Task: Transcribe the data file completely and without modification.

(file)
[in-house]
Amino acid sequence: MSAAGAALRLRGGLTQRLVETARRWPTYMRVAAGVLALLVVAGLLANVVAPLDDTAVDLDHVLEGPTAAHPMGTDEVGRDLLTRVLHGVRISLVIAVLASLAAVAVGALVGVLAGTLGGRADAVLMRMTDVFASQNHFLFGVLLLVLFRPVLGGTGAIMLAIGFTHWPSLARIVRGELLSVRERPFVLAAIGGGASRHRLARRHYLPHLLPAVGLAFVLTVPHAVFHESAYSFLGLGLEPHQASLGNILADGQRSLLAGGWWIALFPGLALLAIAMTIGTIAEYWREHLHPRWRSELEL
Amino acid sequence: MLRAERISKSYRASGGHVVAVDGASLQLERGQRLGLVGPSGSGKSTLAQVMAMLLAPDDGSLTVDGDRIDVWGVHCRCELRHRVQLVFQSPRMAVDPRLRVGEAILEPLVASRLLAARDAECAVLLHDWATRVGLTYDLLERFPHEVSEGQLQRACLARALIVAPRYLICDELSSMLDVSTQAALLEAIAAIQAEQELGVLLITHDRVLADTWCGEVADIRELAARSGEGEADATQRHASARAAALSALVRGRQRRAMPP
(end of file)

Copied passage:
[in-house]
Amino acid sequence: MSAAGAALRLRGGLTQRLVETARRWPTYMRVAAGVLALLVVAGLLANVVAPLDDTAVDLDHVLEGPTAAHPMGTDEVGRDLLTRVLHGVRISLVIAVLASLAAVAVGALVGVLAGTLGGRADAVLMRMTDVFASQNHFLFGVLLLVLFRPVLGGTGAIMLAIGFTHWPSLARIVRGELLSVRERPFVLAAIGGGASRHRLARRHYLPHLLPAVGLAFVLTVPHAVFHESAYSFLGLGLEPHQASLGNILADGQRSLLAGGWWIALFPGLALLAIAMTIGTIAEYWREHLHPRWRSELEL
Amino acid sequence: MLRAERISKSYRASGGHVVAVDGASLQLERGQRLGLVGPSGSGKSTLAQVMAMLLAPDDGSLTVDGDRIDVWGVHCRCELRHRVQLVFQSPRMAVDPRLRVGEAILEPLVASRLLAARDAECAVLLHDWATRVGLTYDLLERFPHEVSEGQLQRACLARALIVAPRYLICDELSSMLDVSTQAALLEAIAAIQAEQELGVLLITHDRVLADTWCGEVADIRELAARSGEGEADATQRHASARAAALSALVRGRQRRAMPP